How To Overcome A Panic Attack Right Now

woman crying
Photo by Kat Smith on

You don’t have to be alone during a scary moment, a panic attack.

Here are seven strategies you can use to try stop or manage panic attacks. Panic attacks are relatively common with 13% of people admitting to experiencing one in their life and they can happen anywhere.

ASMR can also be calming and reduce your panic attacks, we have a whole blog post on that, here.

1. Seek counselling.

couple talking with therapist
Photo by Polina Zimmerman on

If you have panic disorders and panic attacks CBT may help along with other types of counselling. CBT is actually short for Cognitive-behavioural therapy and it aims to help you change the way you see frightening and challenging situations and environments.

It also helps you find new ways to approach these challenges. There’s CBT for groups and individuals, online and offline.

2. Walk.

person stands on brown pathway
Photo by Tobi on

Therapists actually occasionally recommend you take 10 000 steps a day after therapy and it only takes ten minutes to do.

So you could time yourself and take a walk around the block. Walking with a friend or partner can help reinforce and intensify this new found hobby of yours.

3. Find a peaceful spot.

man in yellow protective suit
Photo by cottonbro on

The sights and sounds around you can intensify your experience that’s why it helps to physically move. It actually does.

So you want your comfort zone to be somewhere remotely close to where you’re and hopefully be a quiet place. For example at work it can be in the cafeteria and at school it can be the playground.

No matter how inappropriate it may feel you should always walk to these in the moment if you believe it to help.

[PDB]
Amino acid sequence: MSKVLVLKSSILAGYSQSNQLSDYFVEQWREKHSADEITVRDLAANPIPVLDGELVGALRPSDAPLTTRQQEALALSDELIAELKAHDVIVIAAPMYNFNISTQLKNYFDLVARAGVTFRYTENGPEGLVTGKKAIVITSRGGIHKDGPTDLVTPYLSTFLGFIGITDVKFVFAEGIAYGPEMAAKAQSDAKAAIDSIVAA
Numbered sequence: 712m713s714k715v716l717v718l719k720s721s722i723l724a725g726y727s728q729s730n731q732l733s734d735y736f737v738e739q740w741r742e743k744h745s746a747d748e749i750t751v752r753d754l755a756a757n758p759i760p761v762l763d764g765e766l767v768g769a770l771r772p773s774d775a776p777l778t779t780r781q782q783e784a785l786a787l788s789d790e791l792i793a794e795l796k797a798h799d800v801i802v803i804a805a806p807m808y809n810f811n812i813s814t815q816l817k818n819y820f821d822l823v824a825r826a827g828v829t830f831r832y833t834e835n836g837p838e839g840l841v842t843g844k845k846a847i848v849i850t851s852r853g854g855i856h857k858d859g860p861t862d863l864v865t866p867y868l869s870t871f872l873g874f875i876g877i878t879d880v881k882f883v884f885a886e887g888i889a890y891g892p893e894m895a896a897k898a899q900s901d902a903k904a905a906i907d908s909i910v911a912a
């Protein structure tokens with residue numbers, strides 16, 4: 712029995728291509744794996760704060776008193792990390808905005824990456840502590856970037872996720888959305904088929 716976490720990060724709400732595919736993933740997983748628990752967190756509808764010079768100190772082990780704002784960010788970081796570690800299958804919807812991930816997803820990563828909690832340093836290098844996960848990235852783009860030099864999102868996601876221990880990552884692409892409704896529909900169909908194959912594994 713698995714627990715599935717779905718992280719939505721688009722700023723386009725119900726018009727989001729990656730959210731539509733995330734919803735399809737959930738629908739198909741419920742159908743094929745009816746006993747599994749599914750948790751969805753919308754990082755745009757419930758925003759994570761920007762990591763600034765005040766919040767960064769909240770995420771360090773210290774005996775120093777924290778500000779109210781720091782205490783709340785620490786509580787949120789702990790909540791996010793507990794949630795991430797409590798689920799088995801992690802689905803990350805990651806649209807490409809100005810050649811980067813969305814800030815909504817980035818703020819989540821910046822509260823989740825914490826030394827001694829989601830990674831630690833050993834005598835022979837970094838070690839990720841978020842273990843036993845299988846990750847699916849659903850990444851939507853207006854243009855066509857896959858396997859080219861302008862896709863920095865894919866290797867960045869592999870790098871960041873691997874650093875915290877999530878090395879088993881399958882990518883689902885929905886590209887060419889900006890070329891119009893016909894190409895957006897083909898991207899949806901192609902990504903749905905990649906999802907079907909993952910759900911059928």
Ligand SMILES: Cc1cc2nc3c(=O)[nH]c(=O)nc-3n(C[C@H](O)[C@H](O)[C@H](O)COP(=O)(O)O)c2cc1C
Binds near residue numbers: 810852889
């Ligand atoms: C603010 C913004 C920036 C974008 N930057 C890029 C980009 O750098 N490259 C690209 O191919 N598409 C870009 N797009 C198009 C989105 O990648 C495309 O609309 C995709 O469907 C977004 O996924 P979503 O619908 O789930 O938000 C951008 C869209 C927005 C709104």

4. Recognise what you’re having.

extreme close up photo of frightened eyes
Photo by samer daboul on

By recognising that you’re going through a panic attack and not something more life threatening you can remember that this is only temporary and it will come to pass.

Understanding that you’re not dying allows you to understand what you’re going through and to appropriately start working on reducing this feeling.

5. Close your eyes.

close up of people with gray eyes
Photo by Kayla Robson on

Our eyes tend to get stimulated and this can be our downfall when our trigger is something visual. It can even be the fast paced game of Fortnite you’re playing and the feeling can just come out of no where.

So to reduce the stimuli just close your eyes and this can change your focus to your sense of sound and feeling which can be comforting.

6. Stop the “what if”s.

woman practising yoga
Photo by Ketut Subiyanto on

Panic attacks can start of “what if”s.

What if I was also graduating high school this year? What if I was born ten years earlier? But what if my first marriage had just worked out? What if I just got the promotion?

A lot of the problem with “what if”s and the mindset you have around them is you live in the past with regret on decisions you can not even change.

The best thing to do when you “what if” is to just stop yourself.

7. Find a focus object.

person holding magnifying glass
Photo by Maurício Mascaro on

Focusing on something physical in the environment can help you feel grounded.

As a person looks and feels an object they can get lost in the thought of how they got the object, who made the object and what material is the object made of.

Leave a Reply